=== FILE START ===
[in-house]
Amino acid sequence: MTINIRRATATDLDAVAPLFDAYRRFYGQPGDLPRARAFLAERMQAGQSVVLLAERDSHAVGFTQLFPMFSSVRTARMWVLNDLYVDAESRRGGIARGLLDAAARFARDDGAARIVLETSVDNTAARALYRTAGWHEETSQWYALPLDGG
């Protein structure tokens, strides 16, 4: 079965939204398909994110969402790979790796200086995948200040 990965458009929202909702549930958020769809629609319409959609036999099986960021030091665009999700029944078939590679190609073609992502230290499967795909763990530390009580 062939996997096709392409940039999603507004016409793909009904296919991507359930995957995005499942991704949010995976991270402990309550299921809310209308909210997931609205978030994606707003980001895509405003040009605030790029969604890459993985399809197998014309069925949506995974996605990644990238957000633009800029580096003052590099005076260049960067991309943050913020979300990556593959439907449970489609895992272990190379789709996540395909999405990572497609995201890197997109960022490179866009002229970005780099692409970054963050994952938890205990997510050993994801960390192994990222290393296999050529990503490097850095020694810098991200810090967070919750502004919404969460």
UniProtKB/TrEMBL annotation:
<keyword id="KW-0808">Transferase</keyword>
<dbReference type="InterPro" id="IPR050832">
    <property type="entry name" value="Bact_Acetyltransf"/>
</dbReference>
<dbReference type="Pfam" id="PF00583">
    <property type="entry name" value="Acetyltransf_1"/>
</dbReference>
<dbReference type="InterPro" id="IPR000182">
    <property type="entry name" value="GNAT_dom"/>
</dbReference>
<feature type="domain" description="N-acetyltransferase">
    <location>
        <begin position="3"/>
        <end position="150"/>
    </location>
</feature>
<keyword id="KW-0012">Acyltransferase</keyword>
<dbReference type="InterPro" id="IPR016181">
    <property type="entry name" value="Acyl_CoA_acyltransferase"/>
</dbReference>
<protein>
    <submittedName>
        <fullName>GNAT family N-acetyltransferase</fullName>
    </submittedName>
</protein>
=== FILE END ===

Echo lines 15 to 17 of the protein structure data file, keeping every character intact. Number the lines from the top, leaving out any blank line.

<feature type="domain" description="N-acetyltransferase">
    <location>
        <begin position="3"/>